Liberal Science and Technology critic, Ted Hsu, has put forward a motion to:
- end the government’s silencing of government scientists;
- create a new portal to allow publicly-funded science to get to the public; and
- create a new Chief Science Officer.
Passing this motion would be huge step in the right direction!
Federal government scientists play an important role in keeping Canadians safe and healthy by providing their expertise to both the public and decision-makers. When scientists communicate directly with the media, we all gain a better understanding of how science is being used for government decision-making, are better able to hold our government accountable, and are able to make informed decisions in our day-to-day lives.
Over the past several years, Canadian scientists working in the federal government have experienced a substantial shift in the way they can communicate their research. Reports of widespread censorship and delayed access to Canadian government scientists have been covered in prominent national and international media. Extensive coverage and concern has even prompted the Information Commissioner of Canada to pursue an investigation, currently ongoing, into the alleged muzzling of scientists.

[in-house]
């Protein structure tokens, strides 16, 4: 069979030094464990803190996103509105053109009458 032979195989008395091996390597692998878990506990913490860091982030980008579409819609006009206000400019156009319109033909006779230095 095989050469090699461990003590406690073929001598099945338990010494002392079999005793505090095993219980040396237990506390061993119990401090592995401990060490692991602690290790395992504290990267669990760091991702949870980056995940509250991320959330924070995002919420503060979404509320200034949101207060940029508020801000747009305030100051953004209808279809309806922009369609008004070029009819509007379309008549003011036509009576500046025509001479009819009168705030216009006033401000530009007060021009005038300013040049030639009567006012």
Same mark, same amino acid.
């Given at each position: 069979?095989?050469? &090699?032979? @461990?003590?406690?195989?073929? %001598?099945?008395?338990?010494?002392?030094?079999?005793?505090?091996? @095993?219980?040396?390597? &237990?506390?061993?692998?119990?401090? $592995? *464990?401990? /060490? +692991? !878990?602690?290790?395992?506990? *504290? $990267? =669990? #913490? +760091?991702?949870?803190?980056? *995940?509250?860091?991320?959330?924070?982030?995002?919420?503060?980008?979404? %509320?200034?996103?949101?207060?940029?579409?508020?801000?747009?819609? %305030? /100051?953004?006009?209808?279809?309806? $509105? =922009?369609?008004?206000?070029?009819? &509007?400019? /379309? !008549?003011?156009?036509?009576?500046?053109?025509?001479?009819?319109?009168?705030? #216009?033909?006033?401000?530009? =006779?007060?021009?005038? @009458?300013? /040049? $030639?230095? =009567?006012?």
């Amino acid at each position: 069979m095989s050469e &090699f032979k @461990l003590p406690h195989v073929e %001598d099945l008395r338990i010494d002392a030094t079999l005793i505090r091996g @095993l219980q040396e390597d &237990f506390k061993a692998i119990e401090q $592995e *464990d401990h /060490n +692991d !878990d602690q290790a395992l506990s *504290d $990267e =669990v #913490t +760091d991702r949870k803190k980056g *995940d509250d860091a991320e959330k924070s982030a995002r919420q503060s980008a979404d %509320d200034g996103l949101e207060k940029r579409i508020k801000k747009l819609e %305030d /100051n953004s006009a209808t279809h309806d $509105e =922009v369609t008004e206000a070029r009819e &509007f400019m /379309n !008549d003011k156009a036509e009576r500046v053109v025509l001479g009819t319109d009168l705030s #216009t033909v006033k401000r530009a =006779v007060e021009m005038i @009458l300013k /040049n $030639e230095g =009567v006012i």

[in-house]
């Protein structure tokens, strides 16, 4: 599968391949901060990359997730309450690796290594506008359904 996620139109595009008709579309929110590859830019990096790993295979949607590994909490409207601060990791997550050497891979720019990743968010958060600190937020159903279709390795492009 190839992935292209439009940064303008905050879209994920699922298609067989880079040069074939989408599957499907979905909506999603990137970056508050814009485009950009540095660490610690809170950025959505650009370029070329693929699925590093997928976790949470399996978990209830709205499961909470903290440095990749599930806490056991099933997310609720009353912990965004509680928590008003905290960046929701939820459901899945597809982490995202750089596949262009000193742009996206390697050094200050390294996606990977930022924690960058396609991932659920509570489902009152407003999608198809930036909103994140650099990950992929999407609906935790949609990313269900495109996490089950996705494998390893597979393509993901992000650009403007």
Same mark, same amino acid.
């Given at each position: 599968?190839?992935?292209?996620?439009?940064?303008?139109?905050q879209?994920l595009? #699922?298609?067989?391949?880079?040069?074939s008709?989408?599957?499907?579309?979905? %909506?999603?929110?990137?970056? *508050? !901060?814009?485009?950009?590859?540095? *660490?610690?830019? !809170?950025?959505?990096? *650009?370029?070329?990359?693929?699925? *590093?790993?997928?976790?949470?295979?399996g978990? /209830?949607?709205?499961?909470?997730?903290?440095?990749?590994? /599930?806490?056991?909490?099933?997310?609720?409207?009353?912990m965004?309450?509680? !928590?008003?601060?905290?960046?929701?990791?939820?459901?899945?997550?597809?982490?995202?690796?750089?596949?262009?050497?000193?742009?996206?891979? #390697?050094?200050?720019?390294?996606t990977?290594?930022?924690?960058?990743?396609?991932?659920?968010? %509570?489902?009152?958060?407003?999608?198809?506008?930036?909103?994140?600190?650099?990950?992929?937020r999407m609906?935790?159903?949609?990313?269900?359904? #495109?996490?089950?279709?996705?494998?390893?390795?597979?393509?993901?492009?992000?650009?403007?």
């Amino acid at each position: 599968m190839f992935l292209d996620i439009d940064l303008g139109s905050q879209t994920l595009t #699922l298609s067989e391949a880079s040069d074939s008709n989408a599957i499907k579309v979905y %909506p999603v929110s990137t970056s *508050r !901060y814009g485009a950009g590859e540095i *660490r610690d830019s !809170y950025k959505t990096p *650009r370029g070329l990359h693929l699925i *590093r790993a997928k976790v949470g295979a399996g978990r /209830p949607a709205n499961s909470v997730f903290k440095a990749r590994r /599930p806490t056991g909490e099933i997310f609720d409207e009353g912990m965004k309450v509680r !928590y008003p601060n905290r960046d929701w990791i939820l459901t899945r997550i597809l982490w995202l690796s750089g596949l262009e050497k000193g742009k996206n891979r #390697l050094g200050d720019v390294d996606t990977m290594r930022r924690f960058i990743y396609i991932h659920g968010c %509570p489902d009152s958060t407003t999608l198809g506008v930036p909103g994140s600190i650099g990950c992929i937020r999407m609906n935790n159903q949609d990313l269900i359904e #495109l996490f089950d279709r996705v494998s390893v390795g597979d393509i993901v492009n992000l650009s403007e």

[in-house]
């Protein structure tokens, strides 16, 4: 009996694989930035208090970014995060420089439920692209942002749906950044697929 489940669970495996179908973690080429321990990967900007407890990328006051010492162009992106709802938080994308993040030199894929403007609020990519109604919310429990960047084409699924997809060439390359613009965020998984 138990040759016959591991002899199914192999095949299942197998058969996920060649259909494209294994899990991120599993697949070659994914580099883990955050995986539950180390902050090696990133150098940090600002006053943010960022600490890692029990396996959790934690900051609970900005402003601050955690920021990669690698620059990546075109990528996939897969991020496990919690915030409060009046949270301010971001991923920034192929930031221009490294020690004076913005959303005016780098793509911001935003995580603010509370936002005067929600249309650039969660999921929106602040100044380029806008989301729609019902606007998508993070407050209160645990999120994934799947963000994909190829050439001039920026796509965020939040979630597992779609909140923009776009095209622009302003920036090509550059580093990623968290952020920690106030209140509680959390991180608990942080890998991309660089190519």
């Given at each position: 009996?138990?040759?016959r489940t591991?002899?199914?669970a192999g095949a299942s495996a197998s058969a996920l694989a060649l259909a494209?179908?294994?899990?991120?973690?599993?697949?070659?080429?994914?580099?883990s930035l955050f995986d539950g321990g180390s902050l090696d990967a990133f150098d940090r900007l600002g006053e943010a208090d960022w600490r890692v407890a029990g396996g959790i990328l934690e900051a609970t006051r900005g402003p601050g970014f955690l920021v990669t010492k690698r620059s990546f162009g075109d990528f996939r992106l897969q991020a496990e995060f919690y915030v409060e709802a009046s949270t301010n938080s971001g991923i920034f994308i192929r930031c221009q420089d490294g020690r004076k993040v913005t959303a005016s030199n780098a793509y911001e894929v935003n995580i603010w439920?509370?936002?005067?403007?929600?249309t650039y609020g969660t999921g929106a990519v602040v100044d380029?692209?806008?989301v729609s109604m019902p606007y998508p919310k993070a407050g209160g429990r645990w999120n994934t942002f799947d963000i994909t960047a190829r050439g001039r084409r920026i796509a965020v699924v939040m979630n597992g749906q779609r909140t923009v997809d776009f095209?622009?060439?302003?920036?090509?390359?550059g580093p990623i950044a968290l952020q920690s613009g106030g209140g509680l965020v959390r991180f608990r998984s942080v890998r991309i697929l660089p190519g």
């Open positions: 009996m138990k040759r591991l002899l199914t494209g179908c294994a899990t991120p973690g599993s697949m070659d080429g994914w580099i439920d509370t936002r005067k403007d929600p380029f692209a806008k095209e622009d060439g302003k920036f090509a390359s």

This motion will keep this issue in the national spotlight and, if it passes, will go a long way to improve government science and make sure it is openly communicated to the public.
Here is the full text of the motion:
That, in the opinion of the House:
(a) the government has constrained the ability of federal scientists to share their research and to collaborate with their peers; (b) federal scientists have been muzzled and prevented from speaking to the media about their work; (c) research is paid for by taxpayers and must be done in the public interest in order to protect the environment and the health and safety of Canadians; and, therefore, (d) the government should immediately rescind all rules and regulations that muzzle government scientists, consolidate government-funded or -created science so that it is easily available to the public at large through a central portal, create a Chief Science Officer whose mandate would include ensuring that government science is freely available to those who are paying for it, namely, the public, and allow scientists to be able to speak freely on their work with limited and publicly stated exceptions.